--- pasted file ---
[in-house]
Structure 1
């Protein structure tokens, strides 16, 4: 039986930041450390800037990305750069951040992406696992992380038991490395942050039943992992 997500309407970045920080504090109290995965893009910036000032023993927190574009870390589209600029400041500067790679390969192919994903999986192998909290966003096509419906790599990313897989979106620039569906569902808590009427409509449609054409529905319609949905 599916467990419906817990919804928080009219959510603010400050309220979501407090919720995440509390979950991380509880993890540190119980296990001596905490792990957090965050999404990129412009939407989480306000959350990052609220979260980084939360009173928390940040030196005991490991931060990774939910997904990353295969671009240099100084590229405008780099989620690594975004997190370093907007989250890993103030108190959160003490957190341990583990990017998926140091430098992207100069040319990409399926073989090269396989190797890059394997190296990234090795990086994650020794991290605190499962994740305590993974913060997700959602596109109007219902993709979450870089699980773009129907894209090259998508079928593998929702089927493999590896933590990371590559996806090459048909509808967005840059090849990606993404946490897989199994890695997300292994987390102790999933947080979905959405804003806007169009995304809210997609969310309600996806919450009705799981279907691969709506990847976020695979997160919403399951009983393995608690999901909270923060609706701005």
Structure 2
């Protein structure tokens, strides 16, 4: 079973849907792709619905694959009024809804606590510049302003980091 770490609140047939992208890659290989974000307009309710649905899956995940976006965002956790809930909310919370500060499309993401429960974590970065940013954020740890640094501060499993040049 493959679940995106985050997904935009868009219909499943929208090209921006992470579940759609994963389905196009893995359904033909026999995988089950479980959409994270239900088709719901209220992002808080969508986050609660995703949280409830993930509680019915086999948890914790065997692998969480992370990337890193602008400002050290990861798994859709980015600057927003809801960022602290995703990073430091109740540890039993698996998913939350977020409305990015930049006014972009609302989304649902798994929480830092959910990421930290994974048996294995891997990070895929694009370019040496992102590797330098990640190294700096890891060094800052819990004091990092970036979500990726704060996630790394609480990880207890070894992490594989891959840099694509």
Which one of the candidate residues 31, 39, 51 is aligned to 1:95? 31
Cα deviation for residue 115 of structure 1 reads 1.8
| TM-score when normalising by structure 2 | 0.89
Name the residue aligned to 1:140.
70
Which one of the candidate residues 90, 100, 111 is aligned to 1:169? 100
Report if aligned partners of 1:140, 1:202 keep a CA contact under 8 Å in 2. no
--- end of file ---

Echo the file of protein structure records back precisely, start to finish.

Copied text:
[in-house]
Structure 1
């Protein structure tokens, strides 16, 4: 039986930041450390800037990305750069951040992406696992992380038991490395942050039943992992 997500309407970045920080504090109290995965893009910036000032023993927190574009870390589209600029400041500067790679390969192919994903999986192998909290966003096509419906790599990313897989979106620039569906569902808590009427409509449609054409529905319609949905 599916467990419906817990919804928080009219959510603010400050309220979501407090919720995440509390979950991380509880993890540190119980296990001596905490792990957090965050999404990129412009939407989480306000959350990052609220979260980084939360009173928390940040030196005991490991931060990774939910997904990353295969671009240099100084590229405008780099989620690594975004997190370093907007989250890993103030108190959160003490957190341990583990990017998926140091430098992207100069040319990409399926073989090269396989190797890059394997190296990234090795990086994650020794991290605190499962994740305590993974913060997700959602596109109007219902993709979450870089699980773009129907894209090259998508079928593998929702089927493999590896933590990371590559996806090459048909509808967005840059090849990606993404946490897989199994890695997300292994987390102790999933947080979905959405804003806007169009995304809210997609969310309600996806919450009705799981279907691969709506990847976020695979997160919403399951009983393995608690999901909270923060609706701005």
Structure 2
């Protein structure tokens, strides 16, 4: 079973849907792709619905694959009024809804606590510049302003980091 770490609140047939992208890659290989974000307009309710649905899956995940976006965002956790809930909310919370500060499309993401429960974590970065940013954020740890640094501060499993040049 493959679940995106985050997904935009868009219909499943929208090209921006992470579940759609994963389905196009893995359904033909026999995988089950479980959409994270239900088709719901209220992002808080969508986050609660995703949280409830993930509680019915086999948890914790065997692998969480992370990337890193602008400002050290990861798994859709980015600057927003809801960022602290995703990073430091109740540890039993698996998913939350977020409305990015930049006014972009609302989304649902798994929480830092959910990421930290994974048996294995891997990070895929694009370019040496992102590797330098990640190294700096890891060094800052819990004091990092970036979500990726704060996630790394609480990880207890070894992490594989891959840099694509």
Which one of the candidate residues 31, 39, 51 is aligned to 1:95? 31
Cα deviation for residue 115 of structure 1 reads 1.8
| TM-score when normalising by structure 2 | 0.89
Name the residue aligned to 1:140.
70
Which one of the candidate residues 90, 100, 111 is aligned to 1:169? 100
Report if aligned partners of 1:140, 1:202 keep a CA contact under 8 Å in 2. no